Bak published information on his priorities at the website bakforboard.com and emphasizes that he is running independently and will not accept any funding from outside groups. He has received public support from the Residents for Responsible Spending Facebook group, and is a participant in the Three Village Parents Alliance.

Amitava Das

Amitava Das

Das, a parent of a junior high student in the district, said his experience in technology management has given him a firm foundation in communication, collaboration and compromise toward a shared goal of serving clients while being fiscally responsible. 

“These are things from a business perspective that I hope I’m able to bring to this role,” said Das, who is an engineering manager at a major global technology firm. He indicated he hopes to “work with the staff, the teachers, the taxpayers, the parents — I hope to gain your input and your support and understand what your needs are.” 

Das served on this year’s Budget Advisory Committee and volunteers as a computer science teacher for sixth through ninth grades with SchoolNova. He said by email that he previously served on the technical advisory board for Per Scholas, an organization that trains a diverse workforce in technology and helps connect newly-skilled talent to businesses.

He recognized the “tireless effort” of the teachers, administration and staff, but added that he’s also a taxpayer. “There’s a need to balance that aspect of it,” he said. “Are the dollars going toward the right programs, being spent in the right way to deliver the best product for our shareholders — which is us, the taxpayers in the district?”

Das, along with Li and Rosenzweig, is endorsed by the Three Village Teachers Association. He said in a phone call that he hopes to reimburse his portion of any campaign costs — typically, TVTA pays for advertising, including lawn signs and a postcard to each union member, past and present.

TVTA president Brian Pickford confirmed to TBR that this option is open to any candidate.

Shaorui Li

Shaorui Li

Li, also a district parent, has served on the school board since her election in 2021. She is an electrical engineer with 17 years of experience, including at Brookhaven National Laboratory, and is currently heading a microchip-development startup to advance the field of quantum computing.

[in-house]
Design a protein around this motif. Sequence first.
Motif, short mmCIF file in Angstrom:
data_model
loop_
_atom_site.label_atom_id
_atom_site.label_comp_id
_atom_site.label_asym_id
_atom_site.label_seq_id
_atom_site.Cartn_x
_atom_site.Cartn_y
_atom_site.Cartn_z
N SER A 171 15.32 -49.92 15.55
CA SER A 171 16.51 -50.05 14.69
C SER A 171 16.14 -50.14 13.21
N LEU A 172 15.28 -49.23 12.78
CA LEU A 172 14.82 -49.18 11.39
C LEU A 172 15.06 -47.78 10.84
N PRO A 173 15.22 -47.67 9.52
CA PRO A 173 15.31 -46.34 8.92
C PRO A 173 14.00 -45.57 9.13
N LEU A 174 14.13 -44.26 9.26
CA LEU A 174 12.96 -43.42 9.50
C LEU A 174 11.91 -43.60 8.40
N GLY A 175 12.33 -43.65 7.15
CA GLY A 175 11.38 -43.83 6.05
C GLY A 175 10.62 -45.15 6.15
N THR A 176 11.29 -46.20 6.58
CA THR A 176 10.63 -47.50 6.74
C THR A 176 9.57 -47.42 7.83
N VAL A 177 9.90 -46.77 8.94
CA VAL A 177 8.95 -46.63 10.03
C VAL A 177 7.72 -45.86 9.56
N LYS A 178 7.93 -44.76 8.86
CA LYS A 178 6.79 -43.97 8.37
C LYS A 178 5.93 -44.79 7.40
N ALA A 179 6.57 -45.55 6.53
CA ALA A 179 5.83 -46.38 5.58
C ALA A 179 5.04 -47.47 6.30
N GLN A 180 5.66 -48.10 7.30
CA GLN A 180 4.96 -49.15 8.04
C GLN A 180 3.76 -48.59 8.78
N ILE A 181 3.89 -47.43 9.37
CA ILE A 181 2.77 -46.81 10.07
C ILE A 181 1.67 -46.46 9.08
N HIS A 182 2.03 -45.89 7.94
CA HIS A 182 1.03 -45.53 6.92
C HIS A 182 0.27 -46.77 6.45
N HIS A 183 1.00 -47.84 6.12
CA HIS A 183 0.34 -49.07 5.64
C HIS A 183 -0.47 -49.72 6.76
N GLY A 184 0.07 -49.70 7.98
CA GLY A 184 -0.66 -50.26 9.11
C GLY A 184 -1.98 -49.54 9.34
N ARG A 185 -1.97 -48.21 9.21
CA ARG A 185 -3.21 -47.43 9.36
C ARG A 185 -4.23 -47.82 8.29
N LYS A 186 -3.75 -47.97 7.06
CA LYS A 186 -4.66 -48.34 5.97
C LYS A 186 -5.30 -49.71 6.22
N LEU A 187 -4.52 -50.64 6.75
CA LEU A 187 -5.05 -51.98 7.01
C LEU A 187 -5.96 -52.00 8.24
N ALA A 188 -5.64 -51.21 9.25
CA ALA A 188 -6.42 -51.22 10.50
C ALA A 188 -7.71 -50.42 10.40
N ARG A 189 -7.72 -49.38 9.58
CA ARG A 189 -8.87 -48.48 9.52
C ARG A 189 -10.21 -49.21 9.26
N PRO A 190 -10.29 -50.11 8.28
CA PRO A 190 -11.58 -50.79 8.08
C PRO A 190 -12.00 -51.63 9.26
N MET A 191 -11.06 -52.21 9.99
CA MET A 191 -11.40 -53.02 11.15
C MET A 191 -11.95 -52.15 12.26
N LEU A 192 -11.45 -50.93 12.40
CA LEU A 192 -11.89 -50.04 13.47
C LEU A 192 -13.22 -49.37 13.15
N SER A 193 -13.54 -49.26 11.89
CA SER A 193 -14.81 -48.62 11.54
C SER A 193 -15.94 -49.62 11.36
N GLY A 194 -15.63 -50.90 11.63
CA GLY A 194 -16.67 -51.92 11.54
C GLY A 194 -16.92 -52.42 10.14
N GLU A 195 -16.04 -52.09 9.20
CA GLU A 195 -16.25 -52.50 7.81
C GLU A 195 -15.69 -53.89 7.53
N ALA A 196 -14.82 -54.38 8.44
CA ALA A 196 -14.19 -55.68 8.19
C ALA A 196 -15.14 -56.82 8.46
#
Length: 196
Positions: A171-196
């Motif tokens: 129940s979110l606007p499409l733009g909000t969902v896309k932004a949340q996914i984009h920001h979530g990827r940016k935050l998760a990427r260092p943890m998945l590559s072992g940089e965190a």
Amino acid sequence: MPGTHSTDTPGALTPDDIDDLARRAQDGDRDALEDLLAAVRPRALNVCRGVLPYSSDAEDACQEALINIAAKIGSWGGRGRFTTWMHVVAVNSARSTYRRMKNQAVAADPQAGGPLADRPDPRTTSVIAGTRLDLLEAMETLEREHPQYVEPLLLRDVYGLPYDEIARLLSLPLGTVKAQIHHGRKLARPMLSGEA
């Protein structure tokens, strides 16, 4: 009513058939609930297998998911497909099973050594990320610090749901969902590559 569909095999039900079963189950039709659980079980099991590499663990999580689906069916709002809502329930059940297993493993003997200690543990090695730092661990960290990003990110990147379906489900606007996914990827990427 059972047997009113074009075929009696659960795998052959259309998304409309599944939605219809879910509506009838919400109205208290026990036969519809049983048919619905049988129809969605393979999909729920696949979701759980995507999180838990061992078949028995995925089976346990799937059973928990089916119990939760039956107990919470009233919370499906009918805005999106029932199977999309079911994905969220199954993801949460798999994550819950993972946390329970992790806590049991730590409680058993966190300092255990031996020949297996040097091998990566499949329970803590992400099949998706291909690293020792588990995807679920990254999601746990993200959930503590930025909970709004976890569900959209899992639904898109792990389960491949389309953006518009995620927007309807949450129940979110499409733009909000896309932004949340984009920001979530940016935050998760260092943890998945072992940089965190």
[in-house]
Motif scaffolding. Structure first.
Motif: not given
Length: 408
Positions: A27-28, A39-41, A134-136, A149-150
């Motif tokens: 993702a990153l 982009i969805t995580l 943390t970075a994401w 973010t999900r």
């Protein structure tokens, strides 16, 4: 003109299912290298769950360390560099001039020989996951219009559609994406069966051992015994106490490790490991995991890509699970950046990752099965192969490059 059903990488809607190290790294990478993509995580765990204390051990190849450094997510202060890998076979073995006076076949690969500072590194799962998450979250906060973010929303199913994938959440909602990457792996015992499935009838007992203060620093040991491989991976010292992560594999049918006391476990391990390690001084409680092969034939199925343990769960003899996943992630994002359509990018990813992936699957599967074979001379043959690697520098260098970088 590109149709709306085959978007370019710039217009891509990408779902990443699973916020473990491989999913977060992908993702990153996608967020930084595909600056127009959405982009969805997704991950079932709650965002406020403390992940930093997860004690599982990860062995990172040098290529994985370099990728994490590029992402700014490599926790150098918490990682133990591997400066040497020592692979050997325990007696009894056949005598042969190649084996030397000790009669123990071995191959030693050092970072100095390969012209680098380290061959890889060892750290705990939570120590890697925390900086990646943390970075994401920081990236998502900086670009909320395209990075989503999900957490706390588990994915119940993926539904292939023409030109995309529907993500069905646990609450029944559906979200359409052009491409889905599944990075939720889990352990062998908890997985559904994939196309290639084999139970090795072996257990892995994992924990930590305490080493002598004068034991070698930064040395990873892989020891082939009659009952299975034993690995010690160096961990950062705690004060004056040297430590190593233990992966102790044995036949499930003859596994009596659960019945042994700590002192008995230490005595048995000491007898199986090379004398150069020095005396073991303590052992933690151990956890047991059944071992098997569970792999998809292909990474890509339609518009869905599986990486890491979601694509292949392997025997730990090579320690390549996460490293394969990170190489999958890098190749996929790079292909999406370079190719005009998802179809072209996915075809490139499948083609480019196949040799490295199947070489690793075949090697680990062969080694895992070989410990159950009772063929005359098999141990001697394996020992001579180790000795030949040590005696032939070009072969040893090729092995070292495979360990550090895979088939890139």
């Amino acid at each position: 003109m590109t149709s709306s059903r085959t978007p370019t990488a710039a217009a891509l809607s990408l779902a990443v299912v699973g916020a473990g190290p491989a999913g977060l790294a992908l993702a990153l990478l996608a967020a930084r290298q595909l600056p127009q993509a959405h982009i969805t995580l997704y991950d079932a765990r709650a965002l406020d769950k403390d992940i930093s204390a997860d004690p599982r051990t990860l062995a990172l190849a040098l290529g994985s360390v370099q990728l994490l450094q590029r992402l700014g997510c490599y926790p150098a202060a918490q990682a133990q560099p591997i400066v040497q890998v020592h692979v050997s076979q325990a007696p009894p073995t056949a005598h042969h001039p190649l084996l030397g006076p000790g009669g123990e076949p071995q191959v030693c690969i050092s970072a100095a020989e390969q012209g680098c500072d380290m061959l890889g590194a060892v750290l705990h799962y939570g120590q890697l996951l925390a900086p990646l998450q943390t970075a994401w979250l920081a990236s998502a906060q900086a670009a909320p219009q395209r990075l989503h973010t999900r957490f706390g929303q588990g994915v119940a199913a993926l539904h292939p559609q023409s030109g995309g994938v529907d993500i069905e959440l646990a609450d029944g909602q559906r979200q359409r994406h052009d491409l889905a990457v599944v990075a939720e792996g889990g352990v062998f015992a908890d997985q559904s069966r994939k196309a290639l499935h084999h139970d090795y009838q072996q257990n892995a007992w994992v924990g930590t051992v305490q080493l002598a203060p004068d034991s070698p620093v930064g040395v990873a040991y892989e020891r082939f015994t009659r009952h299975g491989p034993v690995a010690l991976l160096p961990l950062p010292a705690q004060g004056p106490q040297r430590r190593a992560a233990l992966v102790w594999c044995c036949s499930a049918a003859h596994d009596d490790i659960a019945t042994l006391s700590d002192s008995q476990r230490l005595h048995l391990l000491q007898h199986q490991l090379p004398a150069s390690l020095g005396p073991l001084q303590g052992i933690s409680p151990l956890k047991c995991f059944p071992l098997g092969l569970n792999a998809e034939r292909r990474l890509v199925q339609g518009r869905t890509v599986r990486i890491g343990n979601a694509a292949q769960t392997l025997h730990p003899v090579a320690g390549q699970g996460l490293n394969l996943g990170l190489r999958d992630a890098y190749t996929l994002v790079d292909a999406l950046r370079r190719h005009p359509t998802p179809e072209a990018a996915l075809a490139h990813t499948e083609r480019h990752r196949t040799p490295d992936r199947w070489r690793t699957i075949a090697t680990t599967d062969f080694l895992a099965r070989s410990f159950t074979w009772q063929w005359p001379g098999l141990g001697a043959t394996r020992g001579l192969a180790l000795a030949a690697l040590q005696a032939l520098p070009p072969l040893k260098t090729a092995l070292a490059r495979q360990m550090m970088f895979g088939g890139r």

She shared that she has given lectures in the elementary schools regarding NASA projects she was involved in, and has served as a mentor for Science Olympiad.

These STEM skills, she indicated, along with the leadership and management experience she’s gained throughout her career, are what she brings to the table. “I just want to contribute my analytical skills and my love of solving problems and engineering to the board,” she said.

Li praised the board’s efforts in gaining input from all stakeholders for the new cellphone policy as well as in fine tuning the Budget Advisory Committee based on feedback. “The intention is to have input from the community,” she said. “We actually keep changing how [the BAC] will be and probably going forward it will keep changing — the goal is to make it more effective.”

Li invited residents to reach out with questions about district policy to her or any board member, as she said she values understanding community concerns. “The role of the board member is not simply voting ‘yes’ or ‘no’ based on personal preference,” she said. “As a board member, I would actively research … listen to our community and make decisions based on inputs from a broad range of resources.”

Susan Rosenzweig

Susan Rosenzweig

Rosenzweig, the current board president, was also elected in 2021. She said her background in radio and television news have served her well as a leader on the board. She pointed to her ability to approach situations with a neutral position — focusing on facts and data in decision making — as well as her ability to communicate thoughtfully and clearly. 

“I believe these qualities have helped usher in a new era of openness with our community,” she said, adding the board has “a renewed rigor in thoroughly analyzing all of our decisions for their impacts not only on our staff and our students, but on the district’s fiscal health and our overall well-being.”